MG 302 Chapter 4 Notes
MG 302 Chapter 4 Notes MG302
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This 14 page Class Notes was uploaded by Blaise Notetaker on Tuesday February 2, 2016. The Class Notes belongs to MG302 at University of Alabama at Birmingham taught by Michael Padalino in Winter 2016. Since its upload, it has received 92 views. For similar materials see Management Processes and Behavior in Business, management at University of Alabama at Birmingham.
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Date Created: 02/02/16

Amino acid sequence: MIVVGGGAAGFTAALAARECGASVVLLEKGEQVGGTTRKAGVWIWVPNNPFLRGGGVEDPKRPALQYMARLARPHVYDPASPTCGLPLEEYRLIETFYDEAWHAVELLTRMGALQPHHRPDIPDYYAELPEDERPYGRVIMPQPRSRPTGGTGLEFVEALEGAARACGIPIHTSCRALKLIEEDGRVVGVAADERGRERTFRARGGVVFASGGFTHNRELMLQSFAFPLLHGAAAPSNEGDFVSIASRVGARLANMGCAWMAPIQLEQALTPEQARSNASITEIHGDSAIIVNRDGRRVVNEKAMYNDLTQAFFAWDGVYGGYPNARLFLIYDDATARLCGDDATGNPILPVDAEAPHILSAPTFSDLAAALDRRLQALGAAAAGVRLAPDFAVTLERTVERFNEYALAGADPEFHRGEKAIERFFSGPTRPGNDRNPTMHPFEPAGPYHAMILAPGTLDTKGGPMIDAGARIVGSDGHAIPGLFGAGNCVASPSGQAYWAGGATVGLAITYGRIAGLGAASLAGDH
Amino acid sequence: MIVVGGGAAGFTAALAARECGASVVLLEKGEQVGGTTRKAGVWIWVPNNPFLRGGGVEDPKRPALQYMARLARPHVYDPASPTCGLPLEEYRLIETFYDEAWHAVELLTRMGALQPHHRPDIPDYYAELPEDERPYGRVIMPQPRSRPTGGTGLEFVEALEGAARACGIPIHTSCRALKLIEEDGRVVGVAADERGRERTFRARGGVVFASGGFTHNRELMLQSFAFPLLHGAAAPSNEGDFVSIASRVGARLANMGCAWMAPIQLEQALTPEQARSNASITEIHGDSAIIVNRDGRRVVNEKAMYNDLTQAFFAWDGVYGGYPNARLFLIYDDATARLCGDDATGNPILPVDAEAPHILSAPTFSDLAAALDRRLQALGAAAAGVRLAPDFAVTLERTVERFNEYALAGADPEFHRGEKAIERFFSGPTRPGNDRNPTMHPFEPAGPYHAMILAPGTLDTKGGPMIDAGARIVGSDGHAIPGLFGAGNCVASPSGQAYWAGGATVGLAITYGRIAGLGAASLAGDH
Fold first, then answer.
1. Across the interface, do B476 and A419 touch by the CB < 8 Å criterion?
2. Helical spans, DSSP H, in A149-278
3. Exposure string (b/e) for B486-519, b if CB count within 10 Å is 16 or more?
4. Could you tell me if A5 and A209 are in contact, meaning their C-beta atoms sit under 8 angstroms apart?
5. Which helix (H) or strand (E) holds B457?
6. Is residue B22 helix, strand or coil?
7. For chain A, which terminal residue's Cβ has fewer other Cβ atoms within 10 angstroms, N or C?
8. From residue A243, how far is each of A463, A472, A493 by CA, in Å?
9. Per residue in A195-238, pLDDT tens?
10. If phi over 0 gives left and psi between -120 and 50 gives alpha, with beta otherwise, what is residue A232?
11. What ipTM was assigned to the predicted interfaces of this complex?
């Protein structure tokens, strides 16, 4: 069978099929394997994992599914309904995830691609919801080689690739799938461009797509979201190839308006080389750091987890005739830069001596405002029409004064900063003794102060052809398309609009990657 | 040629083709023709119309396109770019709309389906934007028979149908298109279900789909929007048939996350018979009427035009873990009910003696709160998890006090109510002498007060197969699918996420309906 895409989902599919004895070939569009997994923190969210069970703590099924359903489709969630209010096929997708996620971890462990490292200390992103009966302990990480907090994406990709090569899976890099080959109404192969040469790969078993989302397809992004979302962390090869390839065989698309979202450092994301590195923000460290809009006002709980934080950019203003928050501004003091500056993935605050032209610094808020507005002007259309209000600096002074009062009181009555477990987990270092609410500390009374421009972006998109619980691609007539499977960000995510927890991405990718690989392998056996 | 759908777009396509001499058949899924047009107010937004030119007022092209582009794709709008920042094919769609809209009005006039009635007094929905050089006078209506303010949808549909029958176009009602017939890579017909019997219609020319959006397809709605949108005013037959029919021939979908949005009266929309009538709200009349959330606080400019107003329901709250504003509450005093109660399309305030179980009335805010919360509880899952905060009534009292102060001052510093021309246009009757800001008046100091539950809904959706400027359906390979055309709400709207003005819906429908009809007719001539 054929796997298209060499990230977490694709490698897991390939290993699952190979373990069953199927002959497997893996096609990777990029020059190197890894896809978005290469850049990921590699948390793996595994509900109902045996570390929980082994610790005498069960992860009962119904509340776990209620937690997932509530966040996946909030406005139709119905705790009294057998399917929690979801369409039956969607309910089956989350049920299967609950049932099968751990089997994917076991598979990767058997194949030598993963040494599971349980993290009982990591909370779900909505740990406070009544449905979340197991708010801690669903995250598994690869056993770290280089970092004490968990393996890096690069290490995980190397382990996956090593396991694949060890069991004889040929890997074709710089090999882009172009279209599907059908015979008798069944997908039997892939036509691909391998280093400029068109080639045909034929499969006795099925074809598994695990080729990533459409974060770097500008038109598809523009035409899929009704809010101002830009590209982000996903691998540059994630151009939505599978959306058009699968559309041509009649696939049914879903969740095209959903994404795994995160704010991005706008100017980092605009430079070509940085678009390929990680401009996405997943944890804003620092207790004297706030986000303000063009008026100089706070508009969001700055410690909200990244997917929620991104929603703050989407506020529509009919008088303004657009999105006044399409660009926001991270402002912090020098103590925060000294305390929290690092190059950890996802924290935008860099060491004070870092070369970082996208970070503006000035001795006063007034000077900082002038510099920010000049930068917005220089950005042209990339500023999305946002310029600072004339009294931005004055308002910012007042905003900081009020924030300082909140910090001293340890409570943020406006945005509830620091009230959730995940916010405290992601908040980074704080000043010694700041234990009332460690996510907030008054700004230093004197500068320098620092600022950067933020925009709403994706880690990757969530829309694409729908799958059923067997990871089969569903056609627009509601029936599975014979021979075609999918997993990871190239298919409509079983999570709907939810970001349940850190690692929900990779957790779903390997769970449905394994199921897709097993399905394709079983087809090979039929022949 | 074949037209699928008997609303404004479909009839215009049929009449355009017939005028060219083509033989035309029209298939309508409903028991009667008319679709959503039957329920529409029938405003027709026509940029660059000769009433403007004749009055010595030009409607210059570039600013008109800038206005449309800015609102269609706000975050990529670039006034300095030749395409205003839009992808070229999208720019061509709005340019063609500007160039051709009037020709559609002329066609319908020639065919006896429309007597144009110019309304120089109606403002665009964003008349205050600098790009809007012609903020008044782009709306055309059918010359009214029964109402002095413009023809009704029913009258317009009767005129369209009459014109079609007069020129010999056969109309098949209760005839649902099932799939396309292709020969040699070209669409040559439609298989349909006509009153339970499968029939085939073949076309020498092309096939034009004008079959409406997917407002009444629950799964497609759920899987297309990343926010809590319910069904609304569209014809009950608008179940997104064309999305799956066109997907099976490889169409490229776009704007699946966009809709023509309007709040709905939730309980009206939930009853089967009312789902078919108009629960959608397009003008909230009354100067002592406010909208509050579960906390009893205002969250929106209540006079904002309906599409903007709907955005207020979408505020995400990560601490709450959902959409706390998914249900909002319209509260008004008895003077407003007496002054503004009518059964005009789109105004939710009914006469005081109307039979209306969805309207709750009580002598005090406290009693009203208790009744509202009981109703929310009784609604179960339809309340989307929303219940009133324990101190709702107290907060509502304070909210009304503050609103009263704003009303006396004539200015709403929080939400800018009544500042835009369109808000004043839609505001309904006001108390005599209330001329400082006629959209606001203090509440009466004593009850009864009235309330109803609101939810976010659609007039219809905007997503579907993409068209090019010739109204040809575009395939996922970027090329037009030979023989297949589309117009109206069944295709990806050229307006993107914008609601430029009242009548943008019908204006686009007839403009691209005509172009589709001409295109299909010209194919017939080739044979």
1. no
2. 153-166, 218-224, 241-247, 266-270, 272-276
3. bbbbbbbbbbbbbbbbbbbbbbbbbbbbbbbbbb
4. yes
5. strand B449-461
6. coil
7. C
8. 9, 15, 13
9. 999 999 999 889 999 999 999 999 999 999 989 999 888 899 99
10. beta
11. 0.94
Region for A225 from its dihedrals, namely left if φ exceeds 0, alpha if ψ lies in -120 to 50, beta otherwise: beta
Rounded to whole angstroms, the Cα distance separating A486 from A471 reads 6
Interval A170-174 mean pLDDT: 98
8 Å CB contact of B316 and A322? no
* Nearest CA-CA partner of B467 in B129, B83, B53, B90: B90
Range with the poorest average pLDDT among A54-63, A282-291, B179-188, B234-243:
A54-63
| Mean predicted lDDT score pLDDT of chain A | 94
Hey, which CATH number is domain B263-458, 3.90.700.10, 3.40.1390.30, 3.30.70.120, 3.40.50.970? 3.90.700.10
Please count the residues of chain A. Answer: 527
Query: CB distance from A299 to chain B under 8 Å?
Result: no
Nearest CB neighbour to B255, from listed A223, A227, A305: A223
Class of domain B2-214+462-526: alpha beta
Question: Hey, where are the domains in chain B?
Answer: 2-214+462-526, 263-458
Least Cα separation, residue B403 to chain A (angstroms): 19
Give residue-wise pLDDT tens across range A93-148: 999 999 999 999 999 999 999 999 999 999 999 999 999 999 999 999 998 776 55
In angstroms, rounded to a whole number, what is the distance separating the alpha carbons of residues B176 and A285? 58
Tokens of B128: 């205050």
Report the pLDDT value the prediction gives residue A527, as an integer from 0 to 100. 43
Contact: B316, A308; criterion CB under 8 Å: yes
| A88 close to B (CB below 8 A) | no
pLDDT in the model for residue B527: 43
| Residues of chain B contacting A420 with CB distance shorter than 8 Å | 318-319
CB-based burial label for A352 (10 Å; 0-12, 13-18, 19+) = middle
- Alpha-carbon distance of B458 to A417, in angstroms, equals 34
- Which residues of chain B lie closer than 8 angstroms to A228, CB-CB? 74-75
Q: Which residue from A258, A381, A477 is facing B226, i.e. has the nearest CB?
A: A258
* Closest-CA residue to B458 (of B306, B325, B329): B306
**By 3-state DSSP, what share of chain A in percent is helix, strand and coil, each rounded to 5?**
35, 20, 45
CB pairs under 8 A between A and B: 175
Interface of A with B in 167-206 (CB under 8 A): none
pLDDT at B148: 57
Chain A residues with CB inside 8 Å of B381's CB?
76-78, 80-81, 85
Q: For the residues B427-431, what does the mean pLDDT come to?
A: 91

Chapter 4: Managing Ethics and Social Responsibility What Is Managerial Ethics? Managerial ethics are a set of standards that dictate the conduct of a manager operating within a workplace. Ethics is the code of moral principles and values that governs the behaviors of a person or group with respect to what is right or wrong. Managers frequently face situations in which it is difficult to determine what is right. In addition, they might be torn between their misgivings and their sense of duty to their bosses and the organization. Human behavior falls into three categories. The first is codified law, in which values and standards are written into the legal system and enforceable in the courts. In this area, lawmakers set rules that people and corporations must follow in a certain way, The domain of free choice is at the opposite end of the scale and pertains to behavior about which the law has no say and for which an individual or organization enjoys complete freedom. Between these domains lies the area of ethics. This domain has no specific laws, yet it does have standards of conduct based on shared principles and values about moral conduct that guide an individual or company. Many companies and individuals get into trouble with the simplified view that decisions are governed by either law or free choice. This view leads people to mistakenly assume that if it’s not illegal, it must be ethical, as if there were no third domain. A better option is to recognize the domain of ethics and accept moral values as a powerful force for good that can regulate behaviors both inside and outside organizations. Ethical Management Today In the business world, the names of oncerevered corporations have become synonymous with greed, deceit, irresponsibility, and lack of moral conscience. No wonder a poll found that 76 percent of people surveyed say corporate America’s moral compass is “pointing in the wrong direction”; 69 percent say executives rarely consider the public good in making decisions; and a whopping 94 percent say executives make decisions based primarily on advancing their own careers. Managers carry a tremendous responsibility for setting the ethical climate in an organization and can act as role models for others. Managers are responsible for seeing that resources are used to serve the interests of stakeholders, including shareholders, employees, customers, and society. Unfortunately, in today’s environment, an overemphasis on pleasing shareholders may cause some managers to behave unethically toward customers, employees, and the broader society. Managers are under enormous pressure to meet shortterm earnings goals, and some even use accounting gimmicks or other techniques to show returns that meet market expectations rather than ones that reflect true performance. oreover, most executive compensation plans include hefty stockbased incentives, a practice that encourages managers to do whatever will increase the share price, even if it hurts the company in the long run. When managers “fall prey to the siren call of shareholder value,” all other stakeholders may suffer. Ethical Dilemmas: What Would You Do? An ethical dilemma arises in a situation concerning right or wrong when values are in conflict. Although most companies have codes of ethics that specify expected behavior, disagreements and dilemmas about what is appropriate often occur. The individual who must make an ethical choice in an organization is the moral agent. Criteria for Ethical Decision Making Most ethical dilemmas involve a conflict between the needs of the part and the whole—the individual versus the organization or the organization versus society as a whole. Managers faced with tough ethical choices often benefit from a normative strategy—one based on norms and values—to guide their decision making. Normative ethics uses several approaches to describe values for guiding ethical decision making. Five approaches that are relevant to managers are the utilitarian approach, individualism approach, moralrights approach, justice approach, and practical approach. Utilitarian Approach The utilitarian approach, espoused by the nineteenthcentury philosophers Jeremy Bentham and John Stuart Mill, holds that moral behavior produces the greatest good for the greatest number. Under this approach, a decision maker is expected to consider the effect of each decision alternative on all parties and select the one that optimizes the benefits for the greatest number of people. Individualism Approach The individualism approach contends that acts are moral when they promote the individual’s best longterm interests. In theory, with everyone pursuing selfdirection, the greater good is ultimately served because people learn to accommodate each other in their own longterm interest. Individualism is believed to lead to honesty and integrity because that works best in the long run. Lying and cheating for immediate selfinterest just causes business associates to lie and cheat in return. Thus, proponents say, individualism ultimately leads to behavior toward others that fits standards of behavior that people want toward themselves. However, because individualism is easily misinterpreted to support immediate selfgain, it is not popular in the highly organized and grouporiented society of today. Moral-Rights Approach The moralrights approach asserts that human beings have fundamental rights and liberties that cannot be taken away by an individual’s decision. Thus, an ethically correct decision is one that best maintains the rights of those affected by it. To make ethical decisions, managers need to avoid interfering with the fundamental rights of others, such as the right to privacy, the right of free consent, or the right to freedom of speech. Justice Approach The justice approach holds that moral decisions must be based on standards of equity, fairness, and impartiality. Three types of justice are of concern to managers. Distributive justice requires that different treatment of people not be based on arbitrary characteristics. Procedural justice requires that rules be administered fairly. Rules should be clearly stated and consistently and impartially enforced. Compensatory justice argues that individuals should be compensated for the cost of their injuries by the party responsible. The justice approach is closest to the thinking underlying the domain of law in Exhibit 4.1 because it assumes that justice is applied through rules and regulations. Managers are expected to define attributes on which different treatment of employees is acceptable. Practical Approach The practical approach sidesteps debates about what is right, good, or just and bases decisions on prevailing standards of the profession and the larger society, taking the interests of all stakeholders into account. With the practical approach, a decision would be considered ethical if it is one that would be considered acceptable by the professional community, one that the manager would not hesitate to publicize on the evening news, and one that a person would typically feel comfortable explaining to family and friends. Using the practical approach, managers may combine elements of the utilitarian, moral rights, and justice approaches in their thinking and decision making. One expert on business ethics suggests managers can ask themselves the following five questions to help resolve ethical dilemmas: 1. What’s in it for me? 2. What decision would lead to the greatest good for the greatest number? 3. What rules, policies, or social norms apply? 4. What are my obligations to others? 5. What will be the longterm impact for myself and important stakeholders? The Individual Manager and Ethical Choices Personal needs, family influence, and religious background all shape a manager’s value system. Specific personality characteristics, such as ego strength, selfconfidence, and a strong sense of independence, may enable managers to make more ethical choices despite outside pressures and personal risks. One important personal trait is the stage of moral development. A simplified version of one model of personal moral development is shown in Exhibit 4.3. At the preconventional level, individuals are concerned with external rewards and punishments and obey authority to avoid detrimental personal consequences. In an organizational context, this level may be associated with managers who use an autocratic or coercive leadership style, with employees oriented toward dependable accomplishment of specific tasks. At the conventional level, people learn to conform to the expectations of good behavior as defined by colleagues, family, friends, and society. At the postconventional, or principled level, individuals are guided by an internal set of values based on universal principles of justice and right and will even disobey rules or laws that violate these principles. Internal values become more important than the expectations of significant others. When managers operate from this highest level of development, they use transformative or servant leadership, focusing on the needs of followers and encouraging others to think for themselves and to engage in higher levels of moral reasoning. Employees are empowered and given opportunities for constructive participation in governance of the organization. The great majority of managers operate at level two, meaning their ethical thought and behavior is greatly influenced by their superiors, colleagues, and other significant people in the organization or industry. Managers at level three of moral development will make ethical decisions whatever the organizational consequences are for them. What Is Corporate Social Responsibility? In one sense, the concept of social responsibility, like ethics, is easy to understand: It means distinguishing right from wrong and doing right. It means being a good corporate citizen. The formal definition of corporate social responsibility (CSR) is management’s obligation to make choices and take actions that will contribute to the welfare and interests of society, not just the organization. As straightforward as this definition seems, CSR can be a difficult concept to grasp because different people have different beliefs as to which actions improve society’s welfare. To make matters worse, social responsibility covers a range of issues, many of which are ambiguous with respect to right or wrong. Organizational Stakeholders From a social responsibility perspective, enlightened organizations view the internal and external environment as a variety of stakeholders. A stakeholder is any group or person within or outside the organization that has some type of investment or interest in the organization’s performance and is affected by the organization’s actions (employees, customers, shareholders, and so forth). Each stakeholder has a different criterion of responsiveness because it has a different interest in the organization. There is growing interest in a technique called stakeholder mapping, which basically provides a systematic way to identify the expectations, needs, importance, and relative power of various stakeholders, which may change over time. Stakeholder mapping helps managers identify or prioritize the key stakeholders related to a specific issue or project. Most organizations are influenced by a similar variety of stakeholder groups. Investors and shareholders, employees, customers, and suppliers are considered primary stakeholders, without whom the organization cannot survive. Investors, shareholders, and suppliers’ interests are served by managerial efficiency—that is, use of resources to achieve profits. Employees expect work satisfaction, pay, and good supervision. Customers are concerned with decisions about the quality, safety, and availability of goods and services. When any primary stakeholder group becomes seriously dissatisfied, the organization’s viability is threatened. Other important stakeholders are the government and the community, which have become increasingly important in recent years. Most corporations exist only under the proper charter and licenses and operate within the limits of safety laws, environmental protection requirements, antitrust regulations, antibribery legislation, and other laws and regulations in the government sector. Government regulations affecting business are increasing because of recent events. The community includes local governments, the natural environment, and the quality of life provided for residents. For many companies such as Gap, trade unions and human rights organizations are highly important stakeholders. Special interest groups may include trade associations, political action committees, professional associations, and consumerists. One special interest group of particular importance today is the green movement. The Green Movement Green movement relates to the growing concern with protection and preservation of the environment. Going green has become a new business imperative, driven by shifting social attitudes, new governmental policies, climate changes, and information technology (IT) that quickly spreads any news of a corporation’s negative impact on the environment. Sustainability and the Triple Bottom Line Some corporations are embracing an idea called sustainability or sustainable development. Sustainability refers to economic development that generates wealth and meets the needs of the current generation while preserving the environment and society so future generations can meet their needs as well. With a philosophy of sustainability, managers weave environmental and social concerns into every strategic decision so that financial goals are achieved in a way that is socially and environmentally responsible. Managers in organizations that embrace sustainability measure their success in terms of a triple bottom line. The term triple bottom line refers to measuring an organization’s social performance, its environmental performance, and its financial performance. This is sometimes called the three Ps: People, Planet, and Profit. The People part of the triple bottom line looks at how socially responsible the organization is in terms of fair labor practices, diversity, supplier relationships, treatment of employees, contributions to the community, and so forth. The Planet aspect measures the organization’s commitment to environmental sustainability. The third P, of course, looks at the organization’s profit, the financial bottom line. Based on the principle that what you measure is what you strive for and achieve, using a triple bottom line approach to measuring performance ensures that managers take social and environmental factors into account, rather than blindly pursuing profit no matter the cost to society and the natural environment. Evaluating Corporate Social Responsibility A model for evaluating corporate social performance is presented in Exhibit 4.5. The model indicates that total corporate social responsibility can be divided into four primary criteria: economic, legal, ethical, and discretionary responsibilities. These four criteria fit together to form the whole of a company’s social responsiveness. The first criterion of social responsibility is economic responsibility. The business institution is, above all, the basic economic unit of society. Its responsibility is to produce the goods and services that society wants and to maximize profits for its owners and shareholders. Economic responsibility, carried to the extreme, is called the profitmaximizing view, advocated by Nobel economist Milton Friedman. This view argues that the corporation should be operated on a profit oriented basis, with its sole mission to increase its profits so long as it stays within the rules of the game. This approach means that economic gain is the only responsibility and can lead companies into trouble, as recent events in the mortgage and finance industries have clearly shown. Legal responsibility defines what society deems as important with respect to appropriate corporate behavior. That is, businesses are expected to fulfill their economic goals within the framework of legal requirements imposed by local town councils, state legislators, and federal regulatory agencies. Ethical responsibility includes behaviors that are not necessarily codified into law and may not serve the corporation’s direct economic interests. As described earlier in this chapter, to be ethical, organization decision makers should act with equity, fairness, and impartiality, respect the rights of individuals, and provide different treatment of individuals only when relevant to the organization’s goals and tasks. Unethical behavior occurs when decisions enable an individual or company to gain at the expense of other people or society as a whole. Discretionary responsibility is purely voluntary and is guided by a company’s desire to make social contributions not mandated by economics, law, or ethics. Discretionary activities include generous philanthropic contributions that offer no payback to the company and are not expected. Discretionary responsibility is the highest criterion of social responsibility because it goes beyond societal expectations to contribute to the community’s welfare. Managing Company Ethics and Social Responsibility Exhibit 4.6 illustrates ways in which managers create and support an ethical organization. One of the most important steps managers can take is to practice ethical leadership. Ethical leadership means that managers are honest and trustworthy, fair in their dealings with employees and customers, and behave ethically in both their personal and professional lives. Managers and firstline supervisors are important role models for ethical behavior, and they strongly influence the ethical climate in the organization by adhering to high ethical standards in their own behavior and decisions. Moreover, managers are proactive in influencing employees to embody and reflect ethical values. Managers can also implement organizational mechanisms to help employees and the company stay on an ethical footing. Some of the primary ones are codes of ethics, ethical structures, and measures to protect whistleblowers. Code of Ethics A code of ethics is a formal statement of the company’s values concerning ethics and social issues; it communicates to employees what the company stands for. Codes of ethics tend to exist in two types: principlebased statements and policybased statements. Principlebased statements are designed to affect corporate culture; they define fundamental values and contain general language about company responsibilities, quality of products, and treatment of employees. Policybased statements generally outline the procedures to be used in specific ethical situations. These situations include marketing practices, conflicts of interest, observance of laws, proprietary information, political gifts, and equal opportunities. General statements of principle are often called corporate credos. Having a strong code of conduct or code of ethics are one key element of the organization’s ethical framework. Codes of ethics state the values or behaviors expected and those that will not be tolerated. When top management supports and enforces these codes, including rewards for compliance and discipline for violation, ethics codes can boost a company’s ethical climate. Ethical Structures Ethical structures represent the various systems, positions, and programs that a company can undertake to encourage and support ethical behavior. An ethics committee is a group of executives (and sometimes lowerlevel employees as well) appointed to oversee company ethics. The committee provides rulings on questionable ethical issues and assumes responsibility for disciplining wrongdoers. Many companies set up ethics offices with fulltime staff to ensure that ethical standards are an integral part of company operations. These offices are headed by a chief ethics officer, sometimes called a chief ethics and compliance officer, a company executive who oversees all aspects of ethics and legal compliance, including establishing and broadly communicating standards, ethics training, dealing with exceptions or problems, and advising senior managers in the ethical and compliance aspects of decisions. Most ethics offices also work as counseling centers to help employees resolve difficult ethical issues. A tollfree confidential ethics hotline allows employees to report questionable behavior, as well as seek guidance concerning ethical dilemmas. Whistle-Blowing Employee disclosure of illegal, unethical, or illegitimate practices on the employer’s part is called whistleblowing. For this practice to be an effective ethical safeguard, however, companies must view whistleblowing as a benefit to the company and make dedicated efforts to encourage and protect whistleblowers. For people throughout an organization to be willing to “blow the whistle” on unethical or illegal behavior, managers have to revere whistleblowing and make heroes of those who come forward. To maintain high ethical standards, organizations need people who are willing to point out wrongdoing. Managers can be trained to view whistleblowing as a benefit rather than a threat, and systems can be set up to protect employees who report illegal or unethical activities. The Business Case for Ethics and Social Responsibility Most managers now realize that paying attention to ethics and social responsibility is as important a business issue as paying attention to costs, profits, and growth. Studies have provided varying results, but they have generally found a positive relationship between ethical and socially responsible behavior and firm financial performance. Companies are also making an effort to measure the nonfinancial factors that create value. Researchers find, for example, that people prefer to work for sustainable companies or companies that demonstrate a high level of ethics and social responsibility; thus, these organizations can attract and retain highquality employees. Enlightened managers realize that integrity and trust are essential elements in sustaining successful and profitable business relationships with an increasingly connected and wellinformed web of employees, customers, suppliers, and partners. Although doing the right thing might not always be profitable in the short run, many managers believe that it can provide a competitive advantage by developing a level of trust that money can’t buy.